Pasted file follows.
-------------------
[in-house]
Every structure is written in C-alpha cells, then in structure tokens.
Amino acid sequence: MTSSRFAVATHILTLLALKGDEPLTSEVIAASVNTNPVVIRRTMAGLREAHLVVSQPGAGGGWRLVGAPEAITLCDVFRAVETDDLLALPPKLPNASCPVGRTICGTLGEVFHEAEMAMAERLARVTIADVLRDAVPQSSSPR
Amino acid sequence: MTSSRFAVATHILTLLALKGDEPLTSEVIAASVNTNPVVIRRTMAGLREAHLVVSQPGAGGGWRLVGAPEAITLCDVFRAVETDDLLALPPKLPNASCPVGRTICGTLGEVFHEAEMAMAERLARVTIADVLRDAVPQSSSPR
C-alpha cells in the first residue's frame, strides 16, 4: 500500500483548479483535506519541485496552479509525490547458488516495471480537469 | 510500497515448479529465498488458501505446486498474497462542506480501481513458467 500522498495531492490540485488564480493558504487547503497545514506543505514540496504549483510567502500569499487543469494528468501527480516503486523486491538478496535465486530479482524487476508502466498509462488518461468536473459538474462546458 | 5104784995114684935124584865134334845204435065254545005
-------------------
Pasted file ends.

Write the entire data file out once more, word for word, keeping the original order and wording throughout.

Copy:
[in-house]
Every structure is written in C-alpha cells, then in structure tokens.
Amino acid sequence: MTSSRFAVATHILTLLALKGDEPLTSEVIAASVNTNPVVIRRTMAGLREAHLVVSQPGAGGGWRLVGAPEAITLCDVFRAVETDDLLALPPKLPNASCPVGRTICGTLGEVFHEAEMAMAERLARVTIADVLRDAVPQSSSPR
Amino acid sequence: MTSSRFAVATHILTLLALKGDEPLTSEVIAASVNTNPVVIRRTMAGLREAHLVVSQPGAGGGWRLVGAPEAITLCDVFRAVETDDLLALPPKLPNASCPVGRTICGTLGEVFHEAEMAMAERLARVTIADVLRDAVPQSSSPR
C-alpha cells in the first residue's frame, strides 16, 4: 500500500483548479483535506519541485496552479509525490547458488516495471480537469 | 510500497515448479529465498488458501505446486498474497462542506480501481513458467 500522498495531492490540485488564480493558504487547503497545514506543505514540496504549483510567502500569499487543469494528468501527480516503486523486491538478496535465486530479482524487476508502466498509462488518461468536473459538474462546458 | 5104784995114684935124584865134334845204435065254545005